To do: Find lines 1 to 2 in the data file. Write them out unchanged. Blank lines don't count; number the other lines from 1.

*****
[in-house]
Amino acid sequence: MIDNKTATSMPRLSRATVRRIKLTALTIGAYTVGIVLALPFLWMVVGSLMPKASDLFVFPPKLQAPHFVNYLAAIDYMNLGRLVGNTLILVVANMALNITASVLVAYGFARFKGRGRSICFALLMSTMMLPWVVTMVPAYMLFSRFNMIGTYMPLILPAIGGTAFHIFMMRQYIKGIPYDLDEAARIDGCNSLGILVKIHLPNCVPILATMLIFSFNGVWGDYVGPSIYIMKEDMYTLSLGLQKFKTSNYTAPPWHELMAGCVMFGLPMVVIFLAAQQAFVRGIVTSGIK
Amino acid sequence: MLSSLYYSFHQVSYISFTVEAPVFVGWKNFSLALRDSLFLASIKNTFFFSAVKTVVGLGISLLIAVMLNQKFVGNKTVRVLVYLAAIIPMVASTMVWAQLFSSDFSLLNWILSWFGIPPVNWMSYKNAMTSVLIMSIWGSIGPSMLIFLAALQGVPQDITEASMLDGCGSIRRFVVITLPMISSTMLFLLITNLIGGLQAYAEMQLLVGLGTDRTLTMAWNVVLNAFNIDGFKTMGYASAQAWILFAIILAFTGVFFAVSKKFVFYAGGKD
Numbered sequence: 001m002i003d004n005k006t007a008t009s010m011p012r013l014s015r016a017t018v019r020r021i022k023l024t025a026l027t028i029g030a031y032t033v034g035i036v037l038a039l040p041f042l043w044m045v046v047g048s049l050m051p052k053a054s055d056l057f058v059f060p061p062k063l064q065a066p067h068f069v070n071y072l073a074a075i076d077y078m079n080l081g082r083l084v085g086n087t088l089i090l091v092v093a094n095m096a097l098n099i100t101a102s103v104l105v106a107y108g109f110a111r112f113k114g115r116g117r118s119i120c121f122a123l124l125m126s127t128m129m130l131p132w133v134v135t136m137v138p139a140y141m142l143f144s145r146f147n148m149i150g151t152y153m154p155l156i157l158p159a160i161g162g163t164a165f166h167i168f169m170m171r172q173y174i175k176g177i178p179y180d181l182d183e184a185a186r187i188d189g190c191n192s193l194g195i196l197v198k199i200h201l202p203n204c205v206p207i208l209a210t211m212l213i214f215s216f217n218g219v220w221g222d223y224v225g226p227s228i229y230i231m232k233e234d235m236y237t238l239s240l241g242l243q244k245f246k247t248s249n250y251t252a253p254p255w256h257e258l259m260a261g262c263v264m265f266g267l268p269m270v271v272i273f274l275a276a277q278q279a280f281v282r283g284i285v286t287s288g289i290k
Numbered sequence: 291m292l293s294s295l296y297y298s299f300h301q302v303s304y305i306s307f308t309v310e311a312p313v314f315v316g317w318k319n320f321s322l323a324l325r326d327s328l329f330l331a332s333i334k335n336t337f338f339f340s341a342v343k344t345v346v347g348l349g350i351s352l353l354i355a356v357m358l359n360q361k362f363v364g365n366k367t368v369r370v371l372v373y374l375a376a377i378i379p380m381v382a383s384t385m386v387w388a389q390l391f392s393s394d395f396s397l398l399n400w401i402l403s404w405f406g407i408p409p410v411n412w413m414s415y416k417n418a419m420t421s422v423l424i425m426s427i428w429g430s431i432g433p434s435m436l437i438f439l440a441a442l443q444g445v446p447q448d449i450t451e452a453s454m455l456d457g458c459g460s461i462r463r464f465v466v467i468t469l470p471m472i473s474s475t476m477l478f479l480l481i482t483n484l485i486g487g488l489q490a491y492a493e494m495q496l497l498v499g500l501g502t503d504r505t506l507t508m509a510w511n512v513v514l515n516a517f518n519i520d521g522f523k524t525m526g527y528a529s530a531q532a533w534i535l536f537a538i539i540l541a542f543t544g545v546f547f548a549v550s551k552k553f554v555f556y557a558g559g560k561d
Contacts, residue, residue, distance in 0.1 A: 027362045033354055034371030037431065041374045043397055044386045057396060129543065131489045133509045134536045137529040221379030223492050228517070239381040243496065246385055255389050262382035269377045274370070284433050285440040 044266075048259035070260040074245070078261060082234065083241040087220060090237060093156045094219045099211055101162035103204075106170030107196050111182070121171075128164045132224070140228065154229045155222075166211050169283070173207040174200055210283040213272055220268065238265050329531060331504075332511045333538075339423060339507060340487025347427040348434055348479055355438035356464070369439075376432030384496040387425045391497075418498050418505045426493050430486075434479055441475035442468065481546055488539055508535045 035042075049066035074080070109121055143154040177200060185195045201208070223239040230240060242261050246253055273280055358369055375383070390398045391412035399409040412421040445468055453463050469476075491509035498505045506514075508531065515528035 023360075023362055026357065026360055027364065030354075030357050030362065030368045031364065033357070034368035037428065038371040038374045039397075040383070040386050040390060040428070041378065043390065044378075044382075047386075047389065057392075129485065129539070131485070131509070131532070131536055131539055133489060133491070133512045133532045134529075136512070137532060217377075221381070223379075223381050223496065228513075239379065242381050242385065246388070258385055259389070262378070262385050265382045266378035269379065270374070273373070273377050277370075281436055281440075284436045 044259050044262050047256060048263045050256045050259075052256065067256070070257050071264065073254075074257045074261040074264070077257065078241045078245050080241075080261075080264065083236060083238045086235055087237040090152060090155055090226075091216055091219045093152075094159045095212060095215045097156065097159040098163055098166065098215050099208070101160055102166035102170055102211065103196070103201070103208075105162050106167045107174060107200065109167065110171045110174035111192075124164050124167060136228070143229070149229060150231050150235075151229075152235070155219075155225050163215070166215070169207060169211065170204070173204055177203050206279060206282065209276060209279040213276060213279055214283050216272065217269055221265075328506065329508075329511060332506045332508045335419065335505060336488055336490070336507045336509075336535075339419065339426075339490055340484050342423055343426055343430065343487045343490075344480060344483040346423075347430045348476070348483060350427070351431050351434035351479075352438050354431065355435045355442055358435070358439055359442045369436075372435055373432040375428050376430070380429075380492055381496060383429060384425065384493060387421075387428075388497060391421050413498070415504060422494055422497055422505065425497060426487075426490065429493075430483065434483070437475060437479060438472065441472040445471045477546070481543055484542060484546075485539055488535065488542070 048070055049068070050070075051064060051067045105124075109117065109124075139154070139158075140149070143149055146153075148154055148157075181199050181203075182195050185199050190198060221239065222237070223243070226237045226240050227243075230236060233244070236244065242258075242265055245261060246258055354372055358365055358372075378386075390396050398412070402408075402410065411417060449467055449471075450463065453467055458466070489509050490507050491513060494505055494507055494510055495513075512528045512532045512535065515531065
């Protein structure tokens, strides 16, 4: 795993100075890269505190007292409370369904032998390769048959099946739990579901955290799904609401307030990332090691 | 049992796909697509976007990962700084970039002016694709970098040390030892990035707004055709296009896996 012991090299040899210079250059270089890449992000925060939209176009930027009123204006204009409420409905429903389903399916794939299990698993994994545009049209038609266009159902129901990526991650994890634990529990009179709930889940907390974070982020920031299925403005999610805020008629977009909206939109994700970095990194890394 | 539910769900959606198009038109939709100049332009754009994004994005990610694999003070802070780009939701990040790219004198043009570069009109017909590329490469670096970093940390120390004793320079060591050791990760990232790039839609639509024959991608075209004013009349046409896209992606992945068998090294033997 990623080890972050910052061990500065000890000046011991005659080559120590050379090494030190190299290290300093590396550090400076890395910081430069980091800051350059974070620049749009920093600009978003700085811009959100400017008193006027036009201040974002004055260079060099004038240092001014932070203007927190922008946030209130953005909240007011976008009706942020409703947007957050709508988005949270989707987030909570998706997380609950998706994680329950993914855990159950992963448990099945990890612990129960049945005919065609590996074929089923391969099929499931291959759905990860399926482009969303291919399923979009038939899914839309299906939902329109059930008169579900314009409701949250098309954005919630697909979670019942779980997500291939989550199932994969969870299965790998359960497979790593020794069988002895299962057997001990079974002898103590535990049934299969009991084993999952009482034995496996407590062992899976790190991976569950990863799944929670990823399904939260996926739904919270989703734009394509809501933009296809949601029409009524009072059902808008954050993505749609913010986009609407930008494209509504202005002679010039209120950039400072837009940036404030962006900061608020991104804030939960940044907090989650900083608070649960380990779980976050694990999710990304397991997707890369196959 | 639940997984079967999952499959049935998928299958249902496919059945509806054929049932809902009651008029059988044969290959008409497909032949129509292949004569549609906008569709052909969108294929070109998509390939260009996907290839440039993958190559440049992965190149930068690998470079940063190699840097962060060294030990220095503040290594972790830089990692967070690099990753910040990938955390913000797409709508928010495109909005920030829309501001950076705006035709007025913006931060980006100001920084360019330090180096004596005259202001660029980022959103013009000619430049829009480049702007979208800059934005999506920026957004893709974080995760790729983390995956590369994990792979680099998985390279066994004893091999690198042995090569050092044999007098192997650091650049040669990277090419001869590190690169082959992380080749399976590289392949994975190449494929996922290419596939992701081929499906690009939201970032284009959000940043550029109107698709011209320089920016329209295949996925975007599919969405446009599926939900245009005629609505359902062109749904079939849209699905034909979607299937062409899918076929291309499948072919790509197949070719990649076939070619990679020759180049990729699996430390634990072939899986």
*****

[in-house]
Amino acid sequence: MIDNKTATSMPRLSRATVRRIKLTALTIGAYTVGIVLALPFLWMVVGSLMPKASDLFVFPPKLQAPHFVNYLAAIDYMNLGRLVGNTLILVVANMALNITASVLVAYGFARFKGRGRSICFALLMSTMMLPWVVTMVPAYMLFSRFNMIGTYMPLILPAIGGTAFHIFMMRQYIKGIPYDLDEAARIDGCNSLGILVKIHLPNCVPILATMLIFSFNGVWGDYVGPSIYIMKEDMYTLSLGLQKFKTSNYTAPPWHELMAGCVMFGLPMVVIFLAAQQAFVRGIVTSGIK